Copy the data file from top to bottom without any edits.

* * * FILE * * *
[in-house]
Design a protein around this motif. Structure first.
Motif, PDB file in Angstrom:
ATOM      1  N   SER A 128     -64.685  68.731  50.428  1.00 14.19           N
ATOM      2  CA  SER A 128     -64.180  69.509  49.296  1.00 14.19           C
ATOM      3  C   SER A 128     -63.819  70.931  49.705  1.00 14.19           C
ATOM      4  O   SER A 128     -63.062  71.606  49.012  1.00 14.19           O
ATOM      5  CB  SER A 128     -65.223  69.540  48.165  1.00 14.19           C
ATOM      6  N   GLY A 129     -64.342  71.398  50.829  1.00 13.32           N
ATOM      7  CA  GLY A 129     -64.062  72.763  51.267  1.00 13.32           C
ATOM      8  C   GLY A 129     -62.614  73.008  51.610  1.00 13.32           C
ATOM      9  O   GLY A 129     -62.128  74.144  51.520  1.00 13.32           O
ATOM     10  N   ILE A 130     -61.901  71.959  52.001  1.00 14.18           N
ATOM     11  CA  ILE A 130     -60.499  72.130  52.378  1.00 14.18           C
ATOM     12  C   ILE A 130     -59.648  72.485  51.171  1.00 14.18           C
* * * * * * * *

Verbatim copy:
[in-house]
Design a protein around this motif. Structure first.
Motif, PDB file in Angstrom:
ATOM      1  N   SER A 128     -64.685  68.731  50.428  1.00 14.19           N
ATOM      2  CA  SER A 128     -64.180  69.509  49.296  1.00 14.19           C
ATOM      3  C   SER A 128     -63.819  70.931  49.705  1.00 14.19           C
ATOM      4  O   SER A 128     -63.062  71.606  49.012  1.00 14.19           O
ATOM      5  CB  SER A 128     -65.223  69.540  48.165  1.00 14.19           C
ATOM      6  N   GLY A 129     -64.342  71.398  50.829  1.00 13.32           N
ATOM      7  CA  GLY A 129     -64.062  72.763  51.267  1.00 13.32           C
ATOM      8  C   GLY A 129     -62.614  73.008  51.610  1.00 13.32           C
ATOM      9  O   GLY A 129     -62.128  74.144  51.520  1.00 13.32           O
ATOM     10  N   ILE A 130     -61.901  71.959  52.001  1.00 14.18           N
ATOM     11  CA  ILE A 130     -60.499  72.130  52.378  1.00 14.18           C
ATOM     12  C   ILE A 130     -59.648  72.485  51.171  1.00 14.18           C